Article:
Like last week, I’ll start off by presenting some of the baseline, team wide statistics. As an added wrinkle, and until enough games have passed to develop more season long trends and analysis, I’m presenting this week’s stats alongside last week’s for comparison purposes. The last column is a general point of reference for whether week-over-week a particular category saw improvement or regression. Of course, this is all relative. So, for instance, I noted that “just” 31 points was a fall off from last week’s 48 (aren’t you glad you’ve read this far to learn 31 is in fact less than 48?), and therefore it’s noted as worse. Don’t take that too seriously. How about you pretend to look at the table, and then jump below for the areas that I was actually interested in.












Points per Play:




Passing Attempts:




Rushing Attempts:








FG Attempts:








Total Yards:




Rushing Yards:




Passing Yards:




Yards per Play:*




Yards per Point:




Penalty Yards:








Field Goals:

2/3. Makes: 29, 36 yards. Misses: 39 yards

1/1, Makes: 43

Better %

Punts: 39 yards (fair catch), 50 yards (touchback), 55 yards (touchback). 47 yards (fair catch), 41 yards (fair catch), 40 yards (fair catch), 39 yards (fair catch), 40 yards (fair catch), 23 yards (out of bounds) No touchbacks. Pinned Michigan inside 10 yard line twice. One shank.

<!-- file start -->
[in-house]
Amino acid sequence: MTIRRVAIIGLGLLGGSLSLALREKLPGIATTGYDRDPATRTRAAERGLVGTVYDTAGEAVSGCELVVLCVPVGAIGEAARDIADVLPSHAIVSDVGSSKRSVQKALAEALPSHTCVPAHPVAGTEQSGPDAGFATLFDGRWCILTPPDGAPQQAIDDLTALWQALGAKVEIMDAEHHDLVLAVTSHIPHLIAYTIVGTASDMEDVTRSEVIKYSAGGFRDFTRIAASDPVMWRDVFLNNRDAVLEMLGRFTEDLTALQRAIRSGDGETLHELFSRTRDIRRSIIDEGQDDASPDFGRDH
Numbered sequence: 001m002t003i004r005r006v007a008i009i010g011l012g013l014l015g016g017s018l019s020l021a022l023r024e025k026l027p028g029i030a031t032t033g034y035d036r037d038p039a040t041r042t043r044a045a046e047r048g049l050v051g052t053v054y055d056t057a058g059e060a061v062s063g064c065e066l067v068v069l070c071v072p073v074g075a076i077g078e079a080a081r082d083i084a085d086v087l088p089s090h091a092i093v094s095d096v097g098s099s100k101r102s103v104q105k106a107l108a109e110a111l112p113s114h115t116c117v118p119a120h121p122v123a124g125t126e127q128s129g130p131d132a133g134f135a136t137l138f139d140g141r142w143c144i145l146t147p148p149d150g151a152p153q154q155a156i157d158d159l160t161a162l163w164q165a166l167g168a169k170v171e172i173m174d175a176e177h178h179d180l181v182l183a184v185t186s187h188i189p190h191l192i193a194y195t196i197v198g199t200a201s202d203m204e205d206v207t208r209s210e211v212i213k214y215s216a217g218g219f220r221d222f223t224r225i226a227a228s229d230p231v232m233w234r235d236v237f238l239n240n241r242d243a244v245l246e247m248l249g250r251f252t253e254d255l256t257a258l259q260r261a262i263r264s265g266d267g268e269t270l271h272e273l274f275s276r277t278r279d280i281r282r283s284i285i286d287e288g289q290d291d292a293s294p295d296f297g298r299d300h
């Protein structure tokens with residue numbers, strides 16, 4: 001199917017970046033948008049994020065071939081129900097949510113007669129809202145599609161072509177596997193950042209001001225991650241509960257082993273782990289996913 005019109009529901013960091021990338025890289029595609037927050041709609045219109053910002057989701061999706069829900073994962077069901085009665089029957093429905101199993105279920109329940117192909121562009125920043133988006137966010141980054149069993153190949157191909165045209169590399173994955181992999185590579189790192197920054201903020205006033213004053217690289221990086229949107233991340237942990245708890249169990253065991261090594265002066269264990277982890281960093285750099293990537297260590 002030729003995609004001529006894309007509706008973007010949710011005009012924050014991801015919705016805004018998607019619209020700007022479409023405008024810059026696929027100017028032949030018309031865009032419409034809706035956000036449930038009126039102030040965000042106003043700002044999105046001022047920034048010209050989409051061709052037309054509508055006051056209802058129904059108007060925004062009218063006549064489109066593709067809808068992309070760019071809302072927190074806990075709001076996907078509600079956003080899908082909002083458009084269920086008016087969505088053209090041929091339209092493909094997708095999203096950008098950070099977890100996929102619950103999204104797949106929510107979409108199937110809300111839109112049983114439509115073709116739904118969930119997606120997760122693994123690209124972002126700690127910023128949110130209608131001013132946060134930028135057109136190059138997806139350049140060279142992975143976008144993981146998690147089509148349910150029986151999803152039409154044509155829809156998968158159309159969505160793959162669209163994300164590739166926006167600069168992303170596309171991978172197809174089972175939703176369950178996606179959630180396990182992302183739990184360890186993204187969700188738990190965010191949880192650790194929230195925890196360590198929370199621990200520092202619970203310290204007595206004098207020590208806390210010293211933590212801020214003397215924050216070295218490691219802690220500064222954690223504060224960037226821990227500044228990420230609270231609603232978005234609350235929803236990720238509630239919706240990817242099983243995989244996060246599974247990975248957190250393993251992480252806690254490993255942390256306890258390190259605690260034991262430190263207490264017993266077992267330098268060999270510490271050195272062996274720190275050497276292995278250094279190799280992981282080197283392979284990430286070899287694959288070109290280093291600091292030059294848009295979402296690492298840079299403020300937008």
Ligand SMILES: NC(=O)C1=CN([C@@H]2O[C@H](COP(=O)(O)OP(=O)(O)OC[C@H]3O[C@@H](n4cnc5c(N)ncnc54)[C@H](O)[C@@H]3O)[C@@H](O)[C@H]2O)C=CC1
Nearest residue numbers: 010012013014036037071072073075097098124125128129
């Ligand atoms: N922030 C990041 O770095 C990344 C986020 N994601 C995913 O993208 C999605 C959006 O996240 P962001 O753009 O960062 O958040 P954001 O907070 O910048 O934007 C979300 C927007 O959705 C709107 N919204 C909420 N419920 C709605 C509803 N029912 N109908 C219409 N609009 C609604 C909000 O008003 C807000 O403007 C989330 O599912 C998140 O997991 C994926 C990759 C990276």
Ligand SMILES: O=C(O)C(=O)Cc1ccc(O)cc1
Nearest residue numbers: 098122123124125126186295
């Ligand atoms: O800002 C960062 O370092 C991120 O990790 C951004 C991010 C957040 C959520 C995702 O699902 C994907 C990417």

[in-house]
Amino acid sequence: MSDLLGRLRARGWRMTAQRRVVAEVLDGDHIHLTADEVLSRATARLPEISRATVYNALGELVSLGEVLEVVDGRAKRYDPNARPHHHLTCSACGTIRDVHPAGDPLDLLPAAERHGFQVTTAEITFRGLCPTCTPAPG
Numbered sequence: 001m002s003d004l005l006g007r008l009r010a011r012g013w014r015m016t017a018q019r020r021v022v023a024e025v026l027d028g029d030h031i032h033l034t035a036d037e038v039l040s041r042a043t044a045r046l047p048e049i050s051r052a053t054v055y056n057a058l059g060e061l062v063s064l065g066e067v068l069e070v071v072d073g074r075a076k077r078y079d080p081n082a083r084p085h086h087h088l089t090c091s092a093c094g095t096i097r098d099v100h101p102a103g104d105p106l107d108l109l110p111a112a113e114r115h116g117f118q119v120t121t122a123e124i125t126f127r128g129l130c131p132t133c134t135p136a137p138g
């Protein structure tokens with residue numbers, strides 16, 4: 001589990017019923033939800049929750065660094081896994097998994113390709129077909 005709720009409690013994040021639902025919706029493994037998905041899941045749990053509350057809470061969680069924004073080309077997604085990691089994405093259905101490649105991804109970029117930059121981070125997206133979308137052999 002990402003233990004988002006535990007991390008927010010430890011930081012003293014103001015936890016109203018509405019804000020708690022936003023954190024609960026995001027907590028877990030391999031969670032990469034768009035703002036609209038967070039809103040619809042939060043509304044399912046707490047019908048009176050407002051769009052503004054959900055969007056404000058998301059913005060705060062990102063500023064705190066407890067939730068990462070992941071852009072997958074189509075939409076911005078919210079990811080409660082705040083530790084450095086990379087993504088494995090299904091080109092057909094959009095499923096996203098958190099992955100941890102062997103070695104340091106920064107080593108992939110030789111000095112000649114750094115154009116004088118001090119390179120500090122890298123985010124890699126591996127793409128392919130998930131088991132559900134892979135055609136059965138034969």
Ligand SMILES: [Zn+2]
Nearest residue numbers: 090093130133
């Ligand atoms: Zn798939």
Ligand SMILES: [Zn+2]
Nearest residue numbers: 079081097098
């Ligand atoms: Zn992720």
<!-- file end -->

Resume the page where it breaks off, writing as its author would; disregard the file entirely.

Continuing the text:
Punt Average:




Net Punt Average:




1st Downs:




3rd Down Converts:

6/13 for 46%

7/15 for 47%


Red Zone Atts:




Red Zone TDs:




Red Zone FG’s:




RZ Score %:




RZ TD %:




* YPP = (Total Yards )/(Total plays – (Punts + FG Att + Def. Penalties))

Points per play: Last week I introduced some folks to the points per play metric which is a rough guide to explosiveness. Notre Dame’s week one performance versus Rice resulted in 0.67 points per play which in 2013 would have ranked second behind only Florida State. Given the total points, 48, and the explosive touchdowns (Fuller’s 75 yard TD comes to mind), you can get a general impression as to how the two work with one another. This week then it’s not at all surprising that points per play dropped off. Notre Dame’s longest rush of the game was Malik Zaire’s 14 yard scramble at the end of the game on 3rd and 16. Greg Bryant, Tarean Folston, and Cam McDaniel all had poor rushing performances. If you’re into that equality of life thing though, this was your game. Bryant, Folston, and McDaniel all received either 8 or 9 carries. They each had a long run of (just) 6 yards. Consider that last game each of the three had at least one rush of 17 yards, and you can quickly start to understand why points per play diminished.